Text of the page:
↓ Skip to main content

Environmental exposures and the risk of multiple sclerosis in Saudi Arabia

Overview of attention for article published in BMC Neurology, June 2018
Altmetric Badge

About this Attention Score

  • In the top 25% of all research outputs scored by Altmetric
  • Good Attention Score compared to outputs of the same age (79th percentile)

Mentioned by

12 tweeters
1 Facebook page

Readers on

60 Mendeley
You are seeing a free-to-access but limited selection of the activity Altmetric has collected about this research output. Click here to find out more.
Environmental exposures and the risk of multiple sclerosis in Saudi Arabia
Published in
BMC Neurology, June 2018
DOI 10.1186/s12883-018-1090-8
Pubmed ID

Osama Al Wutayd, Ashri Gad Mohamed, Jameelah Saeedi, Hessa Al Otaibi, Mohammed Al Jumah


Multiple sclerosis (MS) is the most common non-traumatic condition that leads to disability among young individuals. It is associated with demyelination, inflammation, and neurodegeneration within the central nervous system. Information on risk factors of multiple sclerosis is crucial for the prevention and control of the disease. The aim of this study was to determine risk factors of MS among adults in Saudi Arabia. A matched multicenter case-control study, including 307 MS patients and 307 healthy controls, was conducted in MS clinics and wards in 3 main cities of Saudi Arabia. Age, gender, and hospital were matched. Information on demographics, family history of MS, past medical and family history, sun exposure at different age periods, tobacco use, diet, consanguinity, and coffee consumption was obtained from self-administered questionnaires. ORs and 95% confidence intervals (CIs) were calculated. A conditional logistic regression model was used to control for potential confounding factors. The conditional logistic regression adjusted for age and gender showed that being the first child in the family (Adjusted Odds Ratio (AOR) 1.68, 95% CI: 1.03-2.74), having a family history of MS (AOR 5.83, 95% CI: 2.83-12), eating fast food ≥5 times weekly (AOR 2.05, 95% CI: 1.03-4.08), and having had measles (AOR 3.77, 95% CI: 2.05-6.96), were independently associated with an increased risk of MS. In contrast, eating ≥5 servings of fruit per week (AOR 0.25, 95% CI: 0.16-0.38), drinking coffee daily (AOR 0.46, 95% CI: 0.31-0.68), and having a high level of sun exposure at the primary school level and university level (AOR 0.57, 95% CI: 0.38-0.85 and AOR 0.48, 95% CI: 0.30-0.76, respectively) were independently associated with a decreased risk of MS. Our study suggested that high levels of sun exposure during primary school and university, consumption of fruits and drinking coffee protect against MS. In contrast, eating fast food was associated with an increased risk of the disease. Encouraging outdoor activity and healthy diets in school, especially for females, is highly recommended.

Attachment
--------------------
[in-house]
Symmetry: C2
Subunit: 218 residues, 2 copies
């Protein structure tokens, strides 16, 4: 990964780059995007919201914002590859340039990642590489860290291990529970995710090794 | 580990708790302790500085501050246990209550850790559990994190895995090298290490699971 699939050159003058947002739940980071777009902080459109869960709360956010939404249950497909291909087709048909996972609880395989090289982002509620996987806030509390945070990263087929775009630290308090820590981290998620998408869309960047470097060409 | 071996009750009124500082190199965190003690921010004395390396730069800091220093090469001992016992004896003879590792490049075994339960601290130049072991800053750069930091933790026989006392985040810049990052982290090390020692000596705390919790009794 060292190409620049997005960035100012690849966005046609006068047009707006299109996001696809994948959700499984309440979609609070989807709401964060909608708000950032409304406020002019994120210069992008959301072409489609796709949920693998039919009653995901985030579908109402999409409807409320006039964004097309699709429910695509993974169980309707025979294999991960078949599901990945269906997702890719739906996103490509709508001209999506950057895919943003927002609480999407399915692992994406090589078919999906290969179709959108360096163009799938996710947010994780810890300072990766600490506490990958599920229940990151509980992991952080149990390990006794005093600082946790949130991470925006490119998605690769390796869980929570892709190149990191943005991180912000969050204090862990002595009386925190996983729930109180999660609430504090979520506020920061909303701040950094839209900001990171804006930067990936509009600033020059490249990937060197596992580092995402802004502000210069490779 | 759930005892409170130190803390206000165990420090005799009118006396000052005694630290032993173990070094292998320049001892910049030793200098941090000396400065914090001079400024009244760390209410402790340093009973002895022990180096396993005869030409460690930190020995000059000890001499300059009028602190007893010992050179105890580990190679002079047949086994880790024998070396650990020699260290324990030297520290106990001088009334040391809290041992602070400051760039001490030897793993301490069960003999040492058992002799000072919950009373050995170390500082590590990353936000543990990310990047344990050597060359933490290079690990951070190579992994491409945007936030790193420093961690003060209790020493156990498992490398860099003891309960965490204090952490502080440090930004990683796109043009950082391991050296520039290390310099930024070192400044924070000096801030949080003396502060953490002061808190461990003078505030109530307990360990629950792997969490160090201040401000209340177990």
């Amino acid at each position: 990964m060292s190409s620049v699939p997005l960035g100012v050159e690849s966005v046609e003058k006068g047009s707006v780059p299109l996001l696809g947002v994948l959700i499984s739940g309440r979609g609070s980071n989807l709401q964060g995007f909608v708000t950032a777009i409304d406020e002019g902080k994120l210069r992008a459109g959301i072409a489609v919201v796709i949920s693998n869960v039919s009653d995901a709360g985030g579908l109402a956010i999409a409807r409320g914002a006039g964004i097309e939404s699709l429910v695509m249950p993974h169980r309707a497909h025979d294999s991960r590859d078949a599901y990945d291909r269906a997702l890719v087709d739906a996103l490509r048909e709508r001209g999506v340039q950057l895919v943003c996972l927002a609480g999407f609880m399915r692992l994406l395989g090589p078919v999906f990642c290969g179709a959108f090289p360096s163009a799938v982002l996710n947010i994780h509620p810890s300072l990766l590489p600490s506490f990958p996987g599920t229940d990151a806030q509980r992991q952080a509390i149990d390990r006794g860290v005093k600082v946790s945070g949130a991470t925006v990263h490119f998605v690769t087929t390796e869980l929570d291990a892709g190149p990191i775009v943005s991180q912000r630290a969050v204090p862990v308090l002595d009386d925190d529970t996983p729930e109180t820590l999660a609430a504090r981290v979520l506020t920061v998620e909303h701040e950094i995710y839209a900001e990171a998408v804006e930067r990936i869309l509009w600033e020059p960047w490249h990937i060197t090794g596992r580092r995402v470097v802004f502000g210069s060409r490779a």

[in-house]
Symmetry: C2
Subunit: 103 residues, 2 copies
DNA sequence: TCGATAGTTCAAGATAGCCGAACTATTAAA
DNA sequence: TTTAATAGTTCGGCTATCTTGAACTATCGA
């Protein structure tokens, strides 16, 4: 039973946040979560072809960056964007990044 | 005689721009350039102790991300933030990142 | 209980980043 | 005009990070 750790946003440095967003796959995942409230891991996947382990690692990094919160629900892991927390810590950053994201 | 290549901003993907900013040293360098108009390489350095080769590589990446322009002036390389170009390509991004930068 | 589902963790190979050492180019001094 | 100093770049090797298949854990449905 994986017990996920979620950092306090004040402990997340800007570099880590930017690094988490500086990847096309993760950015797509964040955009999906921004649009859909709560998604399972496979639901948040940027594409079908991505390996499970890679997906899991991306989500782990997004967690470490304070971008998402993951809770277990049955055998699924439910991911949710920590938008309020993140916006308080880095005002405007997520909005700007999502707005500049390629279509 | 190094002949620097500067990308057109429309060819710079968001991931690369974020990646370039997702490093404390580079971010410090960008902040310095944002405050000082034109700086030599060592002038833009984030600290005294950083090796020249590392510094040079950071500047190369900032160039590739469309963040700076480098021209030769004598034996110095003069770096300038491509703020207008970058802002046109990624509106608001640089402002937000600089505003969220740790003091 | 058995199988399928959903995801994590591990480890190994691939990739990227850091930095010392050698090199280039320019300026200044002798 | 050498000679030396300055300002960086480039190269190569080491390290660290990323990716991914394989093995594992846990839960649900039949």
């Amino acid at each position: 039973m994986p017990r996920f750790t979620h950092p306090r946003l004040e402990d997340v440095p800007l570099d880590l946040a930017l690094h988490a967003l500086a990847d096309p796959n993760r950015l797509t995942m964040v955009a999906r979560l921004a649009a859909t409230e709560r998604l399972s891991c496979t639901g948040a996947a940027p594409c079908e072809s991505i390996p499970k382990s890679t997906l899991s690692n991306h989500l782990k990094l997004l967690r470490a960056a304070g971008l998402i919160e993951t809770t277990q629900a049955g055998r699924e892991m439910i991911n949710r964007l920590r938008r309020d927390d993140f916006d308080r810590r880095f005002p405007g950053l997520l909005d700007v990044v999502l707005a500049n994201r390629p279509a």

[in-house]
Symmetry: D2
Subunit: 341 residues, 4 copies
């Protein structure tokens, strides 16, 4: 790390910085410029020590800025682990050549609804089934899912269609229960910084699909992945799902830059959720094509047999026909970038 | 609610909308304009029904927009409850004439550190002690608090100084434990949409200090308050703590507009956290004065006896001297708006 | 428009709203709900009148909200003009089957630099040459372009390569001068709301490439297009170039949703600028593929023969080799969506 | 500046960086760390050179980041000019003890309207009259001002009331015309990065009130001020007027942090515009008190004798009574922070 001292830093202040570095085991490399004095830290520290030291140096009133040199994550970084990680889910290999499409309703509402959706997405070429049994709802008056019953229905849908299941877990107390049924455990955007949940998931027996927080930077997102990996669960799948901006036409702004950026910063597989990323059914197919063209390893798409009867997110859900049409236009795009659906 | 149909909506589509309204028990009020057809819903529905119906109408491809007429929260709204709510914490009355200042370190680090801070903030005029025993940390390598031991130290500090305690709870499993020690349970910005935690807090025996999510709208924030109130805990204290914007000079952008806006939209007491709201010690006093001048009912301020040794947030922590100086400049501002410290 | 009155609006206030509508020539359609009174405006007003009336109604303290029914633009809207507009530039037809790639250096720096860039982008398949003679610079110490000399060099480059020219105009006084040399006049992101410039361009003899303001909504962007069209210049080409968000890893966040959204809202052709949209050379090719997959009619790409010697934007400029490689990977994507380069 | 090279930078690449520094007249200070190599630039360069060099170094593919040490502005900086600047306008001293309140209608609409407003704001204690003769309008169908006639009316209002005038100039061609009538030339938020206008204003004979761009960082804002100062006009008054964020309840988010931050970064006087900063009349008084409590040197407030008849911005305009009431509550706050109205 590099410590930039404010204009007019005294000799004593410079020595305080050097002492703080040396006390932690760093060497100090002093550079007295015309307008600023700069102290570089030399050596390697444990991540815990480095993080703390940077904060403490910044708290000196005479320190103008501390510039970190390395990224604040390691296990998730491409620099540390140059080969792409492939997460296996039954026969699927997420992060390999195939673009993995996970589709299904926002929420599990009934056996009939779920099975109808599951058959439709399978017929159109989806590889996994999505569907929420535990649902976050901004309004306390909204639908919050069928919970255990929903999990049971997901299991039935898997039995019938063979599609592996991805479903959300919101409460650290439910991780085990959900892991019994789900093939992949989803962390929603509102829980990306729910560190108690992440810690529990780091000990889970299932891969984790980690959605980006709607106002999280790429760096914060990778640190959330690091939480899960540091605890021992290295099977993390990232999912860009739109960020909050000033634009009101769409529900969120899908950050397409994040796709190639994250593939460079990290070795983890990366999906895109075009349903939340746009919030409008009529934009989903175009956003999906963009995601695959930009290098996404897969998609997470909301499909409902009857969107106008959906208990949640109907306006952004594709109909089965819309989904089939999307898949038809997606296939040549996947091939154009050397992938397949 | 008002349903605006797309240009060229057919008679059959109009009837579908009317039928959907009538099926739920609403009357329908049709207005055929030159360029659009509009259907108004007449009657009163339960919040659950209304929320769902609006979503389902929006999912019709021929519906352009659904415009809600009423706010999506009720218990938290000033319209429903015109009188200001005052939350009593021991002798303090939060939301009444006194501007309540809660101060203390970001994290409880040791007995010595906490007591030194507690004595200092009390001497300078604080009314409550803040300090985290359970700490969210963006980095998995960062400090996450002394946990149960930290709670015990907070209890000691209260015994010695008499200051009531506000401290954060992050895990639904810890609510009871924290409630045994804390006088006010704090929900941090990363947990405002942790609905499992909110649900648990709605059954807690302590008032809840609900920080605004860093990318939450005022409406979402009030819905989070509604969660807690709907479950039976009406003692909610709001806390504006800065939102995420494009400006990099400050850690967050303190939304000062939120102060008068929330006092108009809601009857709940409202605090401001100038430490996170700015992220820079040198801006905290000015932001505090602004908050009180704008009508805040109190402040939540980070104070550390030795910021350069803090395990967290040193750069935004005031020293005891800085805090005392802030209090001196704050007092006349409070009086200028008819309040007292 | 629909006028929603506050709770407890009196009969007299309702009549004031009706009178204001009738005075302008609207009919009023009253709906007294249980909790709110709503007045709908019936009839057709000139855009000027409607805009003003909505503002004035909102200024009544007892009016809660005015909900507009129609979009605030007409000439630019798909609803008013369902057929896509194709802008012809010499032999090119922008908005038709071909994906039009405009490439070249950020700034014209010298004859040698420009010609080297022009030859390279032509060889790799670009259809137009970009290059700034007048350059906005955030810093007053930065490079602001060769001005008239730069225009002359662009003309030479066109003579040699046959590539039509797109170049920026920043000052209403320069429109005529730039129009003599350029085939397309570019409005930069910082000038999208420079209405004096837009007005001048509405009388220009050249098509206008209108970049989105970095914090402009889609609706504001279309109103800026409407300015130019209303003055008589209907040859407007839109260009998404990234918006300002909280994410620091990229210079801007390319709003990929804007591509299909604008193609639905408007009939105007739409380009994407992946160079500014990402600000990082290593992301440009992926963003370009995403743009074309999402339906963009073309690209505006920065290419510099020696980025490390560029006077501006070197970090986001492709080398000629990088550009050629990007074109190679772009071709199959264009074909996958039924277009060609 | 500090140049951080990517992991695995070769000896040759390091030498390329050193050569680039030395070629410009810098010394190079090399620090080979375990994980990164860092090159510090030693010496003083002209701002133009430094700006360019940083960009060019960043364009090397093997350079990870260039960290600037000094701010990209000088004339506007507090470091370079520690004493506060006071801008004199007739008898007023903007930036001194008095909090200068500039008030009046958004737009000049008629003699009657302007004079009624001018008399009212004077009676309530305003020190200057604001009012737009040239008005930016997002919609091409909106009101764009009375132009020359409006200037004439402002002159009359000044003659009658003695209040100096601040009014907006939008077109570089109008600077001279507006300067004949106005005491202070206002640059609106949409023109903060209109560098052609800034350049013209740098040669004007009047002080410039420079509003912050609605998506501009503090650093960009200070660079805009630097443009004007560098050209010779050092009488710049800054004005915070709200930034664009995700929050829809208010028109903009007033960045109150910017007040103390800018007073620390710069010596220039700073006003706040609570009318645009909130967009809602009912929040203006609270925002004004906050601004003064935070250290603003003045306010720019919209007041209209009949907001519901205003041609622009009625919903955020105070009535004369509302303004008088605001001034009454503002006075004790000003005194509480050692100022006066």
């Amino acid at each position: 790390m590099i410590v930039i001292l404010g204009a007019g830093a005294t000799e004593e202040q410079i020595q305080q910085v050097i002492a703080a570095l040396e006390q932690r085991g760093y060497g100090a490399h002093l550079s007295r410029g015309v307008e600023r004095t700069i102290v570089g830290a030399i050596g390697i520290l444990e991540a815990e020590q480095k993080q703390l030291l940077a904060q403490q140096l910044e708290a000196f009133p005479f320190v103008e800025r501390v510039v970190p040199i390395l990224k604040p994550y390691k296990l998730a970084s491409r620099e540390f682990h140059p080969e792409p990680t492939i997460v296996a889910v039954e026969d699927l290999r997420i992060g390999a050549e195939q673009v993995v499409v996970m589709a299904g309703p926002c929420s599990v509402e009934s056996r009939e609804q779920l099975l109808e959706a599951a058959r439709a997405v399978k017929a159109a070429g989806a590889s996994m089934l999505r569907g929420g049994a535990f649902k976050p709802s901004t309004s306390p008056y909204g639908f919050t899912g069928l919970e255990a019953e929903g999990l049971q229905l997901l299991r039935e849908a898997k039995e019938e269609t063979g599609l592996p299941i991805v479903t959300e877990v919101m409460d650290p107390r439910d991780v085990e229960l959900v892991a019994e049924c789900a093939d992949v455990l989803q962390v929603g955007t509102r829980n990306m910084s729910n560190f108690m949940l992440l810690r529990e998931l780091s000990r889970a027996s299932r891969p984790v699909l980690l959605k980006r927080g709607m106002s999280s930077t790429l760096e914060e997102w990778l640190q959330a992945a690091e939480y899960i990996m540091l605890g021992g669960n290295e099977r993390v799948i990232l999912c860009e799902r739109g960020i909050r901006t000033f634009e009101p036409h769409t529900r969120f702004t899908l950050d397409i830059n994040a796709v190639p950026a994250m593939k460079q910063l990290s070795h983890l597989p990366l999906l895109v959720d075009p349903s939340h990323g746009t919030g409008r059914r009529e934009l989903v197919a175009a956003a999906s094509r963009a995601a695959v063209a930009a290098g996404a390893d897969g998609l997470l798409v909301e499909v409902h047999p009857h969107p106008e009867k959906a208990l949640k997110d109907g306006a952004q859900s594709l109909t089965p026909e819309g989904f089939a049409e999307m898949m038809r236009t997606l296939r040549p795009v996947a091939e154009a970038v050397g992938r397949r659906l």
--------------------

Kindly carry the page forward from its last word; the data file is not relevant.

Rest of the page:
Twitter Demographics

The data shown below were collected from the profiles of 12 tweeters who shared this research output. Click here to find out more about how the information was compiled.

Mendeley readers

The data shown below were compiled from readership statistics for 60 Mendeley readers of this research output. Click here to see the associated Mendeley record.

Geographical breakdown

Country Count As %
Unknown 60 100%

Demographic breakdown

Readers by professional status Count As %
Student > Bachelor 11 18%
Student > Master 9 15%
Student > Ph. D. Student 4 7%
Professor > Associate Professor 3 5%
Student > Doctoral Student 3 5%
Other 4 7%
Unknown 26 43%
Readers by discipline Count As %
Medicine and Dentistry 9 15%
Biochemistry, Genetics and Molecular Biology 5 8%
Nursing and Health Professions 5 8%
Neuroscience 4 7%
Arts and Humanities 1 2%
Other 9 15%
Unknown 27 45%

Attention Score in Context

This research output has an Altmetric Attention Score of 10. This is our high-level measure of the quality and quantity of online attention that it has received. This Attention Score, as well as the ranking and number of research outputs shown below, was calculated when the research output was last mentioned on 10 July 2019.
All research outputs
of 16,722,463 outputs
Outputs from BMC Neurology
of 1,861 outputs
Outputs of similar age
of 280,999 outputs
Outputs of similar age from BMC Neurology
of 1 outputs
Altmetric has tracked 16,722,463 research outputs across all sources so far. Compared to these this one has done well and is in the 86th percentile: it's in the top 25% of all research outputs ever tracked by Altmetric.
So far Altmetric has tracked 1,861 research outputs from this source. They typically receive a little more attention than average, with a mean Attention Score of 6.0. This one has done well, scoring higher than 84% of its peers.
Older research outputs will score higher simply because they've had more time to accumulate mentions. To account for age we can compare this Altmetric Attention Score to the 280,999 tracked outputs that were published within six weeks on either side of this one in any source. This one has done well, scoring higher than 79% of its contemporaries.
We're also able to compare this research output to 1 others from the same source and published within six weeks on either side of this one. This one has scored higher than all of them